The University of Leeds should implement a body dedicated to research into decolonisation
Passed: May 2020 (12th)
What do you want? / Why do you want it?
The BAME Awarding Gap shows that BAME students are over 10% less likely to come out of university with a 2:1 or a 1st and twice as likely to drop out of university than their white counterparts. However, Black students face the largest disparities, with 26% less likely to be awarded a 2:1 or a 1st and fewer than only 1% of the UK's lecturers being Black.
Research by the Runnymede Trust, NUS and CLASS think tank has shown that the lack of culturally sensitive mental health services, and lack of representative curricula are two key factors that contribute to the BAME Attainment Gap. Little representation within curriculum content, within the academic staff body and in the university’s counselling services can therefore lead to disengagement and isolation. Thus, it is urgent that the university levels the playing field for students in all of their diversity and addresses these disparities at an institutional level.
I am asking that the University agree to follow the lead of universities like the University of Warwick, UCL, and University of Leicester in funding a scheme to address the severity of the disparities mentioned, along with other wider issues related to race. This requires the University's commitment to a 'Leeds Decolonisation Network' which would involve one full-time member of staff who would coordinate with a group of appointed students, to produce wide-scale reviews on how the university can go further to decolonise, by documenting the lack of access, unconscious biases, racial micro-aggressions, hyper-surveillance and significant lack of representation at senior leadership level.
On a practical level, each student would take the lead on different research areas e.g. one may focus on curriculum, another may look at making the University’s mental health services more culturally competent, and another may look at the University’s relationship with businesses and companies complicit in the climate crisis and oppression in the global south. This would then be collated in a comprehensive report at the end of the year to be sent to the University, which would lay the groundwork for future years to conduct further research and to lobby the University on issues related to decolonisation.
Another priority would be also to amplify the 'Why Is My Curriculum White?' campaign, beyond LUU and into the wider campus. This would ensure that the campaign is active and engaging throughout the year, that the work of decolonisation can be built on year after year, and that students keen on getting involved have a direct avenue through which they can.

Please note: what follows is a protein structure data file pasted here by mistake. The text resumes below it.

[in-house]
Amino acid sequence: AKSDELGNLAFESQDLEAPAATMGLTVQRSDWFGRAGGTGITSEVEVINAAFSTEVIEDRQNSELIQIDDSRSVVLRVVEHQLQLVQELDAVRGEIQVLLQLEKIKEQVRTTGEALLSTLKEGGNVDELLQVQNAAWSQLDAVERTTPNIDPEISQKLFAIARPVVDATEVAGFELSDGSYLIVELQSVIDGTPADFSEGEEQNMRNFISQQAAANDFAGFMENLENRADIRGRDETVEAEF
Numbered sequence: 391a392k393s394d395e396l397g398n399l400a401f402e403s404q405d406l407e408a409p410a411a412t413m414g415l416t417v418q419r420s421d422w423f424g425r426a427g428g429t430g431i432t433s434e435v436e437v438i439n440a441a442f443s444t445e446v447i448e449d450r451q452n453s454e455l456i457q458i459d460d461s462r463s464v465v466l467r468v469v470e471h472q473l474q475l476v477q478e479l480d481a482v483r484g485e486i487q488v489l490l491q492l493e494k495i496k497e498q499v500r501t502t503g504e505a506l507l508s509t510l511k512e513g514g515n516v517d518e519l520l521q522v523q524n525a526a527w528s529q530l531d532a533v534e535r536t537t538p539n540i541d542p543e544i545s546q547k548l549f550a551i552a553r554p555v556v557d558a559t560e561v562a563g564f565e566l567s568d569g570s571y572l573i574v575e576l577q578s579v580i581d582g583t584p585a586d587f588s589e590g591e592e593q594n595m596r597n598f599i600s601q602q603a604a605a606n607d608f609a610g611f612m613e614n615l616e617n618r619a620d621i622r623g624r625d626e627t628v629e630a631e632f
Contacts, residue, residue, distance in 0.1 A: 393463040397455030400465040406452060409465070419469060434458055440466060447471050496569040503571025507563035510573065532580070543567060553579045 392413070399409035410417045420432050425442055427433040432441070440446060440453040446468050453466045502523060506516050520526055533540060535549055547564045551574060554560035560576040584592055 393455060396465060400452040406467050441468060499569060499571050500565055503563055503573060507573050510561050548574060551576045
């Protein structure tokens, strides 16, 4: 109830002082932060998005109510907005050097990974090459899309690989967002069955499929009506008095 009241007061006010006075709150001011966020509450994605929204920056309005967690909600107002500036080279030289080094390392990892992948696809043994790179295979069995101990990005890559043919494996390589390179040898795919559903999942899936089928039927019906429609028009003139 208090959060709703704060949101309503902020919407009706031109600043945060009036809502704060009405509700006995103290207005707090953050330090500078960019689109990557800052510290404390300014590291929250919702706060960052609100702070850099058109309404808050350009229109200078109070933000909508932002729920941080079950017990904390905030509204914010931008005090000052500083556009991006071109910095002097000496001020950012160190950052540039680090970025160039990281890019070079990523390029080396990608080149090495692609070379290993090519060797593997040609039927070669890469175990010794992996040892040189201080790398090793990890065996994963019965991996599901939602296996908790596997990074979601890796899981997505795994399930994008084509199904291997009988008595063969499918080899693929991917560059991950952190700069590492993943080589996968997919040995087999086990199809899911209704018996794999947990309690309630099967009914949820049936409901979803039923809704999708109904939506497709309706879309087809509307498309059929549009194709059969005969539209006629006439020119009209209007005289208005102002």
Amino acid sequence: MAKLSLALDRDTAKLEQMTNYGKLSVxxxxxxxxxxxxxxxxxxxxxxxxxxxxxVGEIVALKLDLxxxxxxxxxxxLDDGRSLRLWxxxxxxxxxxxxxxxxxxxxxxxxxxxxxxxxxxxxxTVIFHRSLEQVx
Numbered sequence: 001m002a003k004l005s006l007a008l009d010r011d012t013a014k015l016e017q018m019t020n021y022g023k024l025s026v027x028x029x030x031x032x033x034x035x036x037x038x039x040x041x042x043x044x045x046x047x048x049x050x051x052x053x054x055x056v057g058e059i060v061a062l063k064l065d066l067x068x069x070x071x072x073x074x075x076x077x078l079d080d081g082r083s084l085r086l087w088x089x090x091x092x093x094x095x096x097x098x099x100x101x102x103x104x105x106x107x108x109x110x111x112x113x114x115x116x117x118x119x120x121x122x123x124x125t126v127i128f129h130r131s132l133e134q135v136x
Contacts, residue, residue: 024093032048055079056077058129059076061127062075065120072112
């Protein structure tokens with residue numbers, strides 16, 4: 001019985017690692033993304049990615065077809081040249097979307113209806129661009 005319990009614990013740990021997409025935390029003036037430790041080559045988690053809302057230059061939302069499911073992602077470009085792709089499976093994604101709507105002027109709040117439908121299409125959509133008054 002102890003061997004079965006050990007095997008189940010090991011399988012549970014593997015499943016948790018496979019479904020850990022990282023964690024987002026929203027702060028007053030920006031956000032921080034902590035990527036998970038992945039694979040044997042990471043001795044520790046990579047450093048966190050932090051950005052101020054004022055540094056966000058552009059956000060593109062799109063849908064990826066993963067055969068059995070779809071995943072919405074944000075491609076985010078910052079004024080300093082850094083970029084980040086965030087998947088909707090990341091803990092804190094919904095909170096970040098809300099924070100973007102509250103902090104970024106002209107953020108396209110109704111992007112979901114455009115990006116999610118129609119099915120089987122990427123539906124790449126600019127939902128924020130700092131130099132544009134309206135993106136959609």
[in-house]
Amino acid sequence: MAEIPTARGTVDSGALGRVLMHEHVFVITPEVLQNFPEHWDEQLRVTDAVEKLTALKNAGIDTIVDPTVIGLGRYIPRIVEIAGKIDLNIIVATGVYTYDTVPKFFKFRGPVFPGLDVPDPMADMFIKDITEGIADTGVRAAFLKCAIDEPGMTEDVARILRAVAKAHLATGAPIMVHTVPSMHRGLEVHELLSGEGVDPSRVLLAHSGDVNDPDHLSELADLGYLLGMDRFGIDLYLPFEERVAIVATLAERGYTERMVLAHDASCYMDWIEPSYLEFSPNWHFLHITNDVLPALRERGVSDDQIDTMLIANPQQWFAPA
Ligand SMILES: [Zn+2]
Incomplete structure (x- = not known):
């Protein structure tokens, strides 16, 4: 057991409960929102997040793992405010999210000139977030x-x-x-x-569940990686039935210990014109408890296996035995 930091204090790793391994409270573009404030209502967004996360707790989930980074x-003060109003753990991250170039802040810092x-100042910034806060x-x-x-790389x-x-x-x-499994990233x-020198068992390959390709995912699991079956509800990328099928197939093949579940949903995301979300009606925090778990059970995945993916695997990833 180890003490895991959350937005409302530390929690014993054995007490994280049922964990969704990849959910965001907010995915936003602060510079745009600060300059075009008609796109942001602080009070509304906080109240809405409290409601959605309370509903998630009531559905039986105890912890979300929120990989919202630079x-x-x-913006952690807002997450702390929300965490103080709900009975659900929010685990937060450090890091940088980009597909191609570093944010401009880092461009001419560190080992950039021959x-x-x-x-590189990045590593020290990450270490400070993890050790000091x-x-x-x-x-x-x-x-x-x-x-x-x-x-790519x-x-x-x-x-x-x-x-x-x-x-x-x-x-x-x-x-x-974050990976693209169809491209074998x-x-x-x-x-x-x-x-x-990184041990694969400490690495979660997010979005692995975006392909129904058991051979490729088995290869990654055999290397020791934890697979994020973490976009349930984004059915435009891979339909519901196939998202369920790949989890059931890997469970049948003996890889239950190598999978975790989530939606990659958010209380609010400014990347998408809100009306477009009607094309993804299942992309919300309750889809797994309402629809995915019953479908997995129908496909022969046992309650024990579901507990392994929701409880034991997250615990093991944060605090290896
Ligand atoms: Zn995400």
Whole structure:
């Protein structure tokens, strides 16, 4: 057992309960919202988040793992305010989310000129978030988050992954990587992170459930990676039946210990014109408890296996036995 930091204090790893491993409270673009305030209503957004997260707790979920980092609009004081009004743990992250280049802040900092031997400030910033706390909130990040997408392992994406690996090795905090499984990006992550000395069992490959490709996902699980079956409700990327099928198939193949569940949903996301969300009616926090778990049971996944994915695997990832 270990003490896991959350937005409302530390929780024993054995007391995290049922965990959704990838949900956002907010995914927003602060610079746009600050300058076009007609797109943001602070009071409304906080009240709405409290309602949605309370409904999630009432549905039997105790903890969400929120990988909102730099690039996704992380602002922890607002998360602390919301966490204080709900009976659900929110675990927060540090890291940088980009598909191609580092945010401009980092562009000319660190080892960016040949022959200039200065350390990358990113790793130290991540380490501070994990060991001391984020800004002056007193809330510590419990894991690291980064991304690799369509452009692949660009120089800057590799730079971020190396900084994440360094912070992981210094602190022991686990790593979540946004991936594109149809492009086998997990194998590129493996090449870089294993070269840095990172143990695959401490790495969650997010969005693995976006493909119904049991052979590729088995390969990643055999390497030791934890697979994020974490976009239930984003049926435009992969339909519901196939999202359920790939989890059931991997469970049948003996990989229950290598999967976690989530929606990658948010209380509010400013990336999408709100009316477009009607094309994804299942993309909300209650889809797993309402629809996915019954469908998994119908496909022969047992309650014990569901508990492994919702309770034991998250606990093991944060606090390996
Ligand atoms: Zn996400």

Implementing this would be a positive step forward as the Network would comprehensively address and lobby the university on how best to tackle the barriers BAME students and staff face, and foster a more representative, ethical and inclusive university environment.
Expires: May 2023 (12th)
Submitted By: Safyan Rahman
Officer: Education / Equality & Diversity
Area of Work: Education Service Provision
September 2021: The Decolonising Framework passed at Senate in July and steps have been taken by the University to further this project. They Key Principles Document mentioned in the last update has now been publicised on the Student Education Practice section of the University website, along with further plans to publish 'how-to' guides, glossaries, podcasts and resource lists. Across Semester 1, the aim will be for the new Decolonising Student Advisory Board to start and for a a series of workshops to take place in Schools and Faculties regarding decolonisation.
April 2021: The Key Principles Document is being presented to the Taught Student Education Board in the University where feedback can be given and amendments proposed. The Decolonisation Group have also moved into the second stage of implementation which concerns writing guides on how to decolonise faculties and professional services, as well as one on how to prompt greater student engagement around decolonisation.
January 2021: Carolina (Education Officer) is working with the University's 'Decolonisation Group' on setting out a key principles document of what this policy would look like - essentially a blueprint for its implementation. It will now be a matter of proposing this to more senior levels of University staff.
May 2020: New Policy